MIDI Beat Clock
The MIDI Beat Clock signal works pretty simple, it sends 24 tick signals for each quarter note. A start signal is send to indicate when to start playing. From that moment on, the MIDI slave has to keep track of the ticks.
The problem is that small delays in the tick signal cause speed (BPM) variations. Missing ticks can make a MIDI slave run out of sync. The BPM value tends to jump around all the time with sometimes deviations of over 2 BPM.
Once the MIDI slave has gone out of sync it requires a re-sync. There is no way to detect that it is out of sync because the MIDI Beat Clock uses a relative value that every slave needs to keep track of.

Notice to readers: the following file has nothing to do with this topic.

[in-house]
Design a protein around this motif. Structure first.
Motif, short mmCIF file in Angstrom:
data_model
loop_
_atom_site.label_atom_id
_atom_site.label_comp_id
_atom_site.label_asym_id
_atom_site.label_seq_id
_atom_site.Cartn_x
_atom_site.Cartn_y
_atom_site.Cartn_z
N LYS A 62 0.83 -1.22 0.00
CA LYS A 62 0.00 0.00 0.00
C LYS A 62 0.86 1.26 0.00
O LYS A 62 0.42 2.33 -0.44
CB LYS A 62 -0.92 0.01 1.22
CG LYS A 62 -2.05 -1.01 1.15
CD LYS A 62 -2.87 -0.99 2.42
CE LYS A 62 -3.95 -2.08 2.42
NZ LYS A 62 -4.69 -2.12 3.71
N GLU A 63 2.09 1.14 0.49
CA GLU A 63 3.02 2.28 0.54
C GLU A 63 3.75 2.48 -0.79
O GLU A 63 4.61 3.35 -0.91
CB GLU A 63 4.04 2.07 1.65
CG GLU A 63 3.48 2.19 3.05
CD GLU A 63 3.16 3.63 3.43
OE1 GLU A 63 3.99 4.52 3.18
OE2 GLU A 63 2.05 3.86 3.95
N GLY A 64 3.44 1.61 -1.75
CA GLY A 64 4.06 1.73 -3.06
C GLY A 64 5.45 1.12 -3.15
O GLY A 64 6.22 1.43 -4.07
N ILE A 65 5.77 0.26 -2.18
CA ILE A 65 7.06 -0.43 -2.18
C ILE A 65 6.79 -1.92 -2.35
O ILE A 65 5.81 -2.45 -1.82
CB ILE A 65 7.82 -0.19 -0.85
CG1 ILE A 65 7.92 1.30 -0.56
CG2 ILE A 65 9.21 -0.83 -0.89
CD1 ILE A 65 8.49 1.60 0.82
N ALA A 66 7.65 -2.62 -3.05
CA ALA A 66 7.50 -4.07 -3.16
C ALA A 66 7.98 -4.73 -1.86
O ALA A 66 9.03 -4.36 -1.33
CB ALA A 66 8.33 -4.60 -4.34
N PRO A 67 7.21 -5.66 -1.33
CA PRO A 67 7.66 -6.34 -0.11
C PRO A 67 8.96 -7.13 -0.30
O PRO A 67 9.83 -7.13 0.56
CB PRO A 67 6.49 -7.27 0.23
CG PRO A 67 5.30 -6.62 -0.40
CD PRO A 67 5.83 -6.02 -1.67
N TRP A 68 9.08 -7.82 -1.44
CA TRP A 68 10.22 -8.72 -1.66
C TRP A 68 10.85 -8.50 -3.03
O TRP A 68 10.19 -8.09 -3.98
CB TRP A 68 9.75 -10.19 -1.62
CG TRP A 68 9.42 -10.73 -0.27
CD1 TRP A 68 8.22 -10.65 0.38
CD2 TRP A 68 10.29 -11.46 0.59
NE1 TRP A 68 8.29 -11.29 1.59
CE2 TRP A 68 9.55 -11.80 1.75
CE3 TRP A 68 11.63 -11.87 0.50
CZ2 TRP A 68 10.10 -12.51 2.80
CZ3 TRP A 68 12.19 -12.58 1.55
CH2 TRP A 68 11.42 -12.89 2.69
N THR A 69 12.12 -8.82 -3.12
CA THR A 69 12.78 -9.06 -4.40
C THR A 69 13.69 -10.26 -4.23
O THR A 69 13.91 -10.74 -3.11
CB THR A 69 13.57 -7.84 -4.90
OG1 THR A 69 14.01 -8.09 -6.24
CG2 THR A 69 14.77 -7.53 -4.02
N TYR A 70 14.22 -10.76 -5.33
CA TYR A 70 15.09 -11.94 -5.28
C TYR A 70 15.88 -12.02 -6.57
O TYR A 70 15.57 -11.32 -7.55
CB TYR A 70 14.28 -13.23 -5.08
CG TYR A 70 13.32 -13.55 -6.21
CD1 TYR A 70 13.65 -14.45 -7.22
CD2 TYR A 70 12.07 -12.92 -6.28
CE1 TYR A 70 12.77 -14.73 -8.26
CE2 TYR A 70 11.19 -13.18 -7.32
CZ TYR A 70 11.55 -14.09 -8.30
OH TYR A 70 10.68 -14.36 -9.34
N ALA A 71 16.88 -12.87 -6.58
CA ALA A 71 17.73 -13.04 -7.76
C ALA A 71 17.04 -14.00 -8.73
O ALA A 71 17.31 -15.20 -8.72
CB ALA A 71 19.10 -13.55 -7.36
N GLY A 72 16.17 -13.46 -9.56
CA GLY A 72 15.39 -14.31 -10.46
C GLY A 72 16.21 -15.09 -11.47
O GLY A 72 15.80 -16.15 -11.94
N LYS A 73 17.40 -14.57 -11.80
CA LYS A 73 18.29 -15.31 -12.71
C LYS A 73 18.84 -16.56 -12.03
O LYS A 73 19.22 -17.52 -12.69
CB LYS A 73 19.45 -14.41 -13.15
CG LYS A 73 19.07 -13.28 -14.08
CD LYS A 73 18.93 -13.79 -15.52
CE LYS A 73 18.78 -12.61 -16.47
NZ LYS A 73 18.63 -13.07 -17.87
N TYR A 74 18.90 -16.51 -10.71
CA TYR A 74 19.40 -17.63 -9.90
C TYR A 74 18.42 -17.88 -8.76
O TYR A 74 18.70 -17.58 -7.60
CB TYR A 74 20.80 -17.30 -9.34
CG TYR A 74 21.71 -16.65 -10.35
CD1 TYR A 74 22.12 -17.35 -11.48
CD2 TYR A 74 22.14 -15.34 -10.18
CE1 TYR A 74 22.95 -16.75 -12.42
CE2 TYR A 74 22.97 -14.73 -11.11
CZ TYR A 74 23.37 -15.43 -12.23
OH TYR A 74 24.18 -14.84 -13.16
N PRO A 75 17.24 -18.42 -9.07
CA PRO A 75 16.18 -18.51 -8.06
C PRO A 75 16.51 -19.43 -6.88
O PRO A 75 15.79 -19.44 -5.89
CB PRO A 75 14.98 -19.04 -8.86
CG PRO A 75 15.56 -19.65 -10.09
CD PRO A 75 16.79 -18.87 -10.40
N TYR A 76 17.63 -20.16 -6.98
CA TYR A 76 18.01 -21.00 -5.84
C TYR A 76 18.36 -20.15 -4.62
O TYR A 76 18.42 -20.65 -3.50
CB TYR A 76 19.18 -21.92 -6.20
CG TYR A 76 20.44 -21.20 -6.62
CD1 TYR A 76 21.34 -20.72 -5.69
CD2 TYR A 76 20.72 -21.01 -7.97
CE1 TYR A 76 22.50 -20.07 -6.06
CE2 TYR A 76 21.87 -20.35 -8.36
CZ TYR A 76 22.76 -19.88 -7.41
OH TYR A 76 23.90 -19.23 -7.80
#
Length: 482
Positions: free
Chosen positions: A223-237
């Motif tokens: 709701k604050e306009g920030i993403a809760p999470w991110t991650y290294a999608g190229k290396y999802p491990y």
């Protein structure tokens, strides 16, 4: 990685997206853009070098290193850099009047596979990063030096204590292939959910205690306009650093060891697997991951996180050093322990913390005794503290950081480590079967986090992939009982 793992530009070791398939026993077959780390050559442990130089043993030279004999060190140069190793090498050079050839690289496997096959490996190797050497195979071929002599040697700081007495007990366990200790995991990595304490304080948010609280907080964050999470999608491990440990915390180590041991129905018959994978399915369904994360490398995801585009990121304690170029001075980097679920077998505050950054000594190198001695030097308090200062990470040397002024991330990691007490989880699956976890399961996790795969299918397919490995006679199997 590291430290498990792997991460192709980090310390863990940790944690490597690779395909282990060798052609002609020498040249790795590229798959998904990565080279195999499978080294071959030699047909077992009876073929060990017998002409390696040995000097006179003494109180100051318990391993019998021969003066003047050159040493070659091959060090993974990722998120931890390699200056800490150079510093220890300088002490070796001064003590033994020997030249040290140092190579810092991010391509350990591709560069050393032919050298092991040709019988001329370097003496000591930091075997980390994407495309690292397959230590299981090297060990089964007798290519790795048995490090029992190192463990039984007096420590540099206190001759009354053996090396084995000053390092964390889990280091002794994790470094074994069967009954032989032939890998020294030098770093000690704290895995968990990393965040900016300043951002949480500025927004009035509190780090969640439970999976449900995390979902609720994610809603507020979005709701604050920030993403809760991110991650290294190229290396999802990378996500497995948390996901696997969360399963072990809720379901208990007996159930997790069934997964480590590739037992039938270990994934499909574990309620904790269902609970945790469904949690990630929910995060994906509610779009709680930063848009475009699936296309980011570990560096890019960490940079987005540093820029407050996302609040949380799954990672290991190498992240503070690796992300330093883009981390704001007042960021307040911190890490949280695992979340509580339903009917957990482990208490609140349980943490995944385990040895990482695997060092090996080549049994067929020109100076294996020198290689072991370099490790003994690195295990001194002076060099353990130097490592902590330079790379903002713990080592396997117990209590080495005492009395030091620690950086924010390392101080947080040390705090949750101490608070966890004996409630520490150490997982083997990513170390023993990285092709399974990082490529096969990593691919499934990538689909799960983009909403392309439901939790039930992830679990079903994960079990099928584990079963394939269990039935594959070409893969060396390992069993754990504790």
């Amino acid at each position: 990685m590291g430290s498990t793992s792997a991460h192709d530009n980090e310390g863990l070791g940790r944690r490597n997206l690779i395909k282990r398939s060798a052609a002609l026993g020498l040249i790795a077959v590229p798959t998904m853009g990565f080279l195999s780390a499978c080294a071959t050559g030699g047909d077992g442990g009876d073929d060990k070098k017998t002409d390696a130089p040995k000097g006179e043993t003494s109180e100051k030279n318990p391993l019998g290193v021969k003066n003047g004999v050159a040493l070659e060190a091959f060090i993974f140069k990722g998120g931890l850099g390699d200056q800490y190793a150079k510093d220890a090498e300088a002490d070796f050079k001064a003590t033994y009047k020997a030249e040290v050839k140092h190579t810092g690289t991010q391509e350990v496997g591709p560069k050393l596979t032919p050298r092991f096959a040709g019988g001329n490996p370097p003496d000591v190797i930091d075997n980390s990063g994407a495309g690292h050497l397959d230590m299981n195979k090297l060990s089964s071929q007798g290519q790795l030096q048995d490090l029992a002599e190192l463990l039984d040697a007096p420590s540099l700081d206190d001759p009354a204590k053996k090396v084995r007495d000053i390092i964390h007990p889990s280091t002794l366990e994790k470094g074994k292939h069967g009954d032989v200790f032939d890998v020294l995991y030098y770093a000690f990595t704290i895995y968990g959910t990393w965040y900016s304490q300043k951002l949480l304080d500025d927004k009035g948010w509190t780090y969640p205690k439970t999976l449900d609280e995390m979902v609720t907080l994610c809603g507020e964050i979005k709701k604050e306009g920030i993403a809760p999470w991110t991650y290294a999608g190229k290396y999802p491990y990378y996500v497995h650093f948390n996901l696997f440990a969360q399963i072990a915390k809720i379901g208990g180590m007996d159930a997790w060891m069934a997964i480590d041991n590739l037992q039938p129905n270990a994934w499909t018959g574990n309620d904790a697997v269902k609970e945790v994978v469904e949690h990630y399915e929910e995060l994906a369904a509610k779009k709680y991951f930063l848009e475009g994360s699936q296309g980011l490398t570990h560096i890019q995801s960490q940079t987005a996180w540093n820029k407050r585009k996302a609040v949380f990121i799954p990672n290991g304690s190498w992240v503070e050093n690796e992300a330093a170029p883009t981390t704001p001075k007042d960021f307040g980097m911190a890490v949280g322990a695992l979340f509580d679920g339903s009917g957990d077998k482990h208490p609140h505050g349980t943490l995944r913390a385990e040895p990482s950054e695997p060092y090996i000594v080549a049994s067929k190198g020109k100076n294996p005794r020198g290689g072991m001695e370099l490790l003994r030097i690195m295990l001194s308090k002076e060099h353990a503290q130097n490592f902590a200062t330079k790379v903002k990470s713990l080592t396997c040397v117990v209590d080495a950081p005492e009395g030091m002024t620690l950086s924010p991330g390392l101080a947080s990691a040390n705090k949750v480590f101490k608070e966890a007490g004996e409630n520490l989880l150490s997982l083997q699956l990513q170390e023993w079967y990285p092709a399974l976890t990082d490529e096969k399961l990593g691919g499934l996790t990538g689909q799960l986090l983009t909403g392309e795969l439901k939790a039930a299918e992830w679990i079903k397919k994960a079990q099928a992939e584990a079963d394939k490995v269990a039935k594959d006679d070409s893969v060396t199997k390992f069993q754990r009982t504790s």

A re-sync has to be done manual. But applications like Ableton Live will simply wait for a new start signal to be triggered. When the MIDI Beat Clock master is Ableton Live, there is no way to retrigger the start signal without interrupting audio playback.
MIDI Time Code (MTC)
The MIDI Time Code signal sends an absolute time position according to the SMPTE Time Code standard. This means that at any time all MIDI slaves know where they should be. Even if there is a short interruption, the next correct SMPTE Time value will tell the software where it should be.
Because MIDI Time Code is not telling anything about beats you can sync MIDI slaves with different BPM values. Thus every MIDI slave maintains its own tempo which is synced to the MIDI Time Code position of the master.